A dilettante at large considers two exhibitions at the Philadelphia Museum of Art
A whimsical and educational show combining images of the city by moonlight, gaslight, electric light, fire and lightning.
We meet flatulent Italian Spazzolino, a wooden migrant to the New World, step into a barber shop with talking combs, and hear about the struggles of travel from simply constructed dolls.
If you’re a Leonard Bernstein fan, don’t miss the terrific new exhibit at the National Museum of American Jewish History.
This month, actor Summerfield showcases another side of her talents with MARY SHELLEY, a solo performance she created for rare book museum the Rosenbach.
A multipart new exhibition project exploring the detective, criminal, and all the analogs in between
Though thoroughly a part of the 18th-century architecture of Society Hill, the Powel House is more than just a historic artifact.
The spirits of Edgar Allen Poe’s tales come alive in the historical Ebenezer Maxwell Mansion.
Museums are always looking for ideas to bring new visitors to aging attractions, and in ARTSHIP OLYMPIA Independence Seaport Museum has found a charming, fringey way.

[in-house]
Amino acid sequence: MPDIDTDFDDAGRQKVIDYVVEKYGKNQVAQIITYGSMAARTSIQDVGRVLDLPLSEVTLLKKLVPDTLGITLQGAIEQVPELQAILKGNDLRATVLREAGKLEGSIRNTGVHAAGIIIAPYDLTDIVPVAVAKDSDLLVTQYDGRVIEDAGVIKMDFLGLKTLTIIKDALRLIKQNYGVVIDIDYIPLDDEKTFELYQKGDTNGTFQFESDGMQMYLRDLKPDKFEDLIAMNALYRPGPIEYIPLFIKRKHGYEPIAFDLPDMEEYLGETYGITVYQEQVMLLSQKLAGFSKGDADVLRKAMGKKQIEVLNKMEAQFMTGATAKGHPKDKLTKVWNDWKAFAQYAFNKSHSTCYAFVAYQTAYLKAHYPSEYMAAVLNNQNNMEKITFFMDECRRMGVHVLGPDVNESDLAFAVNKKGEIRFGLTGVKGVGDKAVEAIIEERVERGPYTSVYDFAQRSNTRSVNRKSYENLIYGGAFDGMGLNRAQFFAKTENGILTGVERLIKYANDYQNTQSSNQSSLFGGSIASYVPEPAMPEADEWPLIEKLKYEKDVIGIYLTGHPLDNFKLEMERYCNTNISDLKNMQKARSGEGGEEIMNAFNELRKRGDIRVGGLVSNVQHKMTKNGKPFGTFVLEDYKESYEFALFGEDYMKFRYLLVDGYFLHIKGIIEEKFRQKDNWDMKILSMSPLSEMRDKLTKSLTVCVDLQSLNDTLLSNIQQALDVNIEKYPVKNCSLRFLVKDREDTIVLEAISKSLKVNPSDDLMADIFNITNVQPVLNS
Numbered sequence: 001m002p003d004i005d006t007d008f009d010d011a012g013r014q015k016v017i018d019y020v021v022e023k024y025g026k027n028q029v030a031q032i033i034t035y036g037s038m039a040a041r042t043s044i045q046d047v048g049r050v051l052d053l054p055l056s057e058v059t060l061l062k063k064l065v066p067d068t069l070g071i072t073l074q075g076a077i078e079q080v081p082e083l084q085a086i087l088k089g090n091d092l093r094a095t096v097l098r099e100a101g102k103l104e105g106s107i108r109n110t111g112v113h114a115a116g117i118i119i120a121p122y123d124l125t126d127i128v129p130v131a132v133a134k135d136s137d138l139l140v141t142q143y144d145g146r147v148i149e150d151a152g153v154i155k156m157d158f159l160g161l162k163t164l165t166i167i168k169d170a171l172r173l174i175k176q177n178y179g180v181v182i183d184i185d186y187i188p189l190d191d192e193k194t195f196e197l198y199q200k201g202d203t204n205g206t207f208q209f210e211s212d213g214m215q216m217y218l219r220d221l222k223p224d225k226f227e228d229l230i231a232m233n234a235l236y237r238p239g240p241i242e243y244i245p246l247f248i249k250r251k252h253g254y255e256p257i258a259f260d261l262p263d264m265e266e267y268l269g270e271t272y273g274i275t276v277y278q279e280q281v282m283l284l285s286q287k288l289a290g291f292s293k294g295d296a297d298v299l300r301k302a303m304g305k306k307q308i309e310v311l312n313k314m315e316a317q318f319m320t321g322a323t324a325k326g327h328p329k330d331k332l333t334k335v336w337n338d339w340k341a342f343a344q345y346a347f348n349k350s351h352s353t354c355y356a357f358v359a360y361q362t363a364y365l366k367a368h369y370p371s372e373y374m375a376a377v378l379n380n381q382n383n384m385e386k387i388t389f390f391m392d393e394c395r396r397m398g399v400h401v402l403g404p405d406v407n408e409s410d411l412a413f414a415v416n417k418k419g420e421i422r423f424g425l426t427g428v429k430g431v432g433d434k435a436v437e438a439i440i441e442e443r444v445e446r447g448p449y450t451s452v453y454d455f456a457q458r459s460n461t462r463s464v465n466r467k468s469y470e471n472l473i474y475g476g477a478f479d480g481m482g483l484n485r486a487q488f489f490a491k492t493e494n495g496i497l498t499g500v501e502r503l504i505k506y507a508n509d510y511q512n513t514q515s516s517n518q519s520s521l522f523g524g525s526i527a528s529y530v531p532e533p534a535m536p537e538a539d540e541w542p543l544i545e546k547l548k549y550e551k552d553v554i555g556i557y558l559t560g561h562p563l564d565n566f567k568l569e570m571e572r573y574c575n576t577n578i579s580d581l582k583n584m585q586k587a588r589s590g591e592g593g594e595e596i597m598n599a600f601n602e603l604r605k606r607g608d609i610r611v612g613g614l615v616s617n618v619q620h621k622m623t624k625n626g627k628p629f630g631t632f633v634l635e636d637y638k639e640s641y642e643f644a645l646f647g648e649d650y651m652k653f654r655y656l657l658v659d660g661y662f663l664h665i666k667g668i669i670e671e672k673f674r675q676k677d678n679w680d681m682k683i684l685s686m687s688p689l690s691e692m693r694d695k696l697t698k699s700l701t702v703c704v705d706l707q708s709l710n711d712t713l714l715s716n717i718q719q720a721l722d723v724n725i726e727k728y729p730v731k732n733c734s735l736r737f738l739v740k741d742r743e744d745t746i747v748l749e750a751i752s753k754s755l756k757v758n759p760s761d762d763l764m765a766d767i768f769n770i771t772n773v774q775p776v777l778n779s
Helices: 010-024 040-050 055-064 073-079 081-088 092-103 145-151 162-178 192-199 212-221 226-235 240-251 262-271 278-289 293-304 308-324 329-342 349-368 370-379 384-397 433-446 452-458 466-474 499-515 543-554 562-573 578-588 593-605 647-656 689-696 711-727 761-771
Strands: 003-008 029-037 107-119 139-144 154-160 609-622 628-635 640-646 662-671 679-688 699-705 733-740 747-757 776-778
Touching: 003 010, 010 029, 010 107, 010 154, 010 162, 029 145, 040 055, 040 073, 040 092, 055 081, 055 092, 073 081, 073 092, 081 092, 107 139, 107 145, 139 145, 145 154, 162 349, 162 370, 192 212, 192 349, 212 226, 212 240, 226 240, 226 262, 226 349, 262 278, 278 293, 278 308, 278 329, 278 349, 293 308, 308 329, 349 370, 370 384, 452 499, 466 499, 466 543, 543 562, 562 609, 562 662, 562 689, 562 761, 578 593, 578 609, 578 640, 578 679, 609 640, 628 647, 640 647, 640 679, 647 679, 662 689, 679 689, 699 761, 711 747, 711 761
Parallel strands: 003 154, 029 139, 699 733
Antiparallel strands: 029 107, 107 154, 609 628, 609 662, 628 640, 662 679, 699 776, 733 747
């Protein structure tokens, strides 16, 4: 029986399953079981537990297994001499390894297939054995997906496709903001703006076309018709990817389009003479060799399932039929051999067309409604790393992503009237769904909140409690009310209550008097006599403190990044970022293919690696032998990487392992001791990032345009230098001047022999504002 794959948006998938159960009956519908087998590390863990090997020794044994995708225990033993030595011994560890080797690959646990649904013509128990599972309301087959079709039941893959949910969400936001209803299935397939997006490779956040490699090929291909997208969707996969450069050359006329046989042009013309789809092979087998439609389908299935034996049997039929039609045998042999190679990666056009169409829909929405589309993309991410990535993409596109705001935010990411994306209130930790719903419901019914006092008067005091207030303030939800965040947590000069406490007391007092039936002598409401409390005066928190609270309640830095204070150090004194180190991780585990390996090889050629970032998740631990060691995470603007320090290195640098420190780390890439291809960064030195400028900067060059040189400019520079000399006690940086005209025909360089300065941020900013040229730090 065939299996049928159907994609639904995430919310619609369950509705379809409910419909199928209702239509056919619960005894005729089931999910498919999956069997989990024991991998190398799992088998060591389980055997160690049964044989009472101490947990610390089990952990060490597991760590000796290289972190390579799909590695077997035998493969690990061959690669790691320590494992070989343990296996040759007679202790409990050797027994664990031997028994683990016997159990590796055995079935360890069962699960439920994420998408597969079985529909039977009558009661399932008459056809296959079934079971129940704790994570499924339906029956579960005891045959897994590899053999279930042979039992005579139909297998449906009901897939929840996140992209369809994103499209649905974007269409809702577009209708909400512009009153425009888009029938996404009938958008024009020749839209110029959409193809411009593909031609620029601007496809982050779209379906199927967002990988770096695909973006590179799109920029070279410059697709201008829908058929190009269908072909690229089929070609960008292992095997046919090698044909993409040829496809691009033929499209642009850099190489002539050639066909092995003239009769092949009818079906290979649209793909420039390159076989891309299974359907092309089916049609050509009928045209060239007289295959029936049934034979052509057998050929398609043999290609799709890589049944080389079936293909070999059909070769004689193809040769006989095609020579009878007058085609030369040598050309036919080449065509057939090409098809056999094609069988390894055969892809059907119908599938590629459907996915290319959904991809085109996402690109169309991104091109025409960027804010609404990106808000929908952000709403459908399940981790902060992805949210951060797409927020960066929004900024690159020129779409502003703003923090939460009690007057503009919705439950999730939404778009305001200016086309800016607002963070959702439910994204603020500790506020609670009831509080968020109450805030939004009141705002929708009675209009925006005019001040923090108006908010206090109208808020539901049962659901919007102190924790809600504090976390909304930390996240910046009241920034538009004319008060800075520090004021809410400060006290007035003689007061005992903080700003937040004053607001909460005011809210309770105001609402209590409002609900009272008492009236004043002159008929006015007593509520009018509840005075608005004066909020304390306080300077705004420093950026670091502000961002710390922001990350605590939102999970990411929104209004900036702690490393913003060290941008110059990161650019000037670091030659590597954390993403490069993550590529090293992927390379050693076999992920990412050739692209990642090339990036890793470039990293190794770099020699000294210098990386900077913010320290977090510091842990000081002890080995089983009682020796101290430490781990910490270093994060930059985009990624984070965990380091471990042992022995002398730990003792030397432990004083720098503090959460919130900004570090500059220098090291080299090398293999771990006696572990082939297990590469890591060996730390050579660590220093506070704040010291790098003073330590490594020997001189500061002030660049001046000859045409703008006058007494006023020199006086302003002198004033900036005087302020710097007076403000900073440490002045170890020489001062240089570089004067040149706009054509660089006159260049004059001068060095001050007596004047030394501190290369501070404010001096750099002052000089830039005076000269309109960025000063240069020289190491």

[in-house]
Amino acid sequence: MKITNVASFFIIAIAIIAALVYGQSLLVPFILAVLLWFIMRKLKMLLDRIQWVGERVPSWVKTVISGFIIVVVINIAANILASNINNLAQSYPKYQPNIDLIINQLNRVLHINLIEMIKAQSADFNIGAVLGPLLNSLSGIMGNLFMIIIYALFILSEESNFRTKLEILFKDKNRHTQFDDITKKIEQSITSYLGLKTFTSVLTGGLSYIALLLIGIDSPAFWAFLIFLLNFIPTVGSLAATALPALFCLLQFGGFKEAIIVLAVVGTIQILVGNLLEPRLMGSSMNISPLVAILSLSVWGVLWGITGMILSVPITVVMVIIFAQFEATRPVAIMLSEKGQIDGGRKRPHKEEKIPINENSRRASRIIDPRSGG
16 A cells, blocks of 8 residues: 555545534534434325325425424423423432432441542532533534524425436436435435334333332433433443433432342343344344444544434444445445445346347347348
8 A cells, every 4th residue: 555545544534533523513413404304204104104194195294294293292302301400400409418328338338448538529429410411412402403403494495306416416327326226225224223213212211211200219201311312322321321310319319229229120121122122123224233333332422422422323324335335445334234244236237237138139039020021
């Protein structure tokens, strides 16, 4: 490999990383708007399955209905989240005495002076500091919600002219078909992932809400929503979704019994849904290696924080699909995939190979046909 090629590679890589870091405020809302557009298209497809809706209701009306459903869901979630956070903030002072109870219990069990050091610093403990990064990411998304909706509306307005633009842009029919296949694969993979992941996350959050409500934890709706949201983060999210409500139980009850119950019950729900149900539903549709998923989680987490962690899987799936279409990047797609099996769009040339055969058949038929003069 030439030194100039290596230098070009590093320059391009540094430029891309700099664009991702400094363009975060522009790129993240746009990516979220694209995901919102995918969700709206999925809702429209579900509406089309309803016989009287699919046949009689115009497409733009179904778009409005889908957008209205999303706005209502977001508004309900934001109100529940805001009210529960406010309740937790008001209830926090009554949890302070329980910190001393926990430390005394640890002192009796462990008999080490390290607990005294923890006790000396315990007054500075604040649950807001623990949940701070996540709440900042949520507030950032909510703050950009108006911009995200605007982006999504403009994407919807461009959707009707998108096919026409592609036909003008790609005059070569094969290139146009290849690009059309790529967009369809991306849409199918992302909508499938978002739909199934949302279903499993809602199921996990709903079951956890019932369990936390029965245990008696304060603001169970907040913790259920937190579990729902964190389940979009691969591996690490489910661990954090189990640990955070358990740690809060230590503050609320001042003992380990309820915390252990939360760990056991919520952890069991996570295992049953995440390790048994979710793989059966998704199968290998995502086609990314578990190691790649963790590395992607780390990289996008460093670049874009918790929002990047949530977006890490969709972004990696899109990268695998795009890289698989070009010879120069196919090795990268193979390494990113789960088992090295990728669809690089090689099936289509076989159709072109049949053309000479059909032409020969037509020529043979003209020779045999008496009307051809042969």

The best showcase for new performing arts in Philadelphia gets Revolutionary with an evening of beer and performance at Cliveden
Within a staid building at 22nd and Ludlow lies one of the most peculiar and enthralling museums in the world.
LITTLE WOMEN (Ebenezer Maxwell Mansion): A sincere and sentimental view of female life in Victorian times
An intimate site-specific adaptation of Louisa May Alcott’s beloved Victorian novel captures the humor and pathos of the book and the look and feel of the era.
The 16-day celebration of art showcasing a breadth of local and international performances and installations presented at locations across Philadelphia.
The first comprehensive museum overview of influential artist Norman Lewis opened at PAFA with an improvisational dance performance.
Sherlock Holmes at Home in Northwest Philadelphia: THE VALLEY OF FEAR at the Ebeneezer Maxwell Mansion
Arthur Conan Doyle’s fictional detective stories are well suited to stage, with strong characters, a firm setting, and delicious plot lines.
This month, Cliveden opens its historic grounds for a two-night engagement of new performing arts.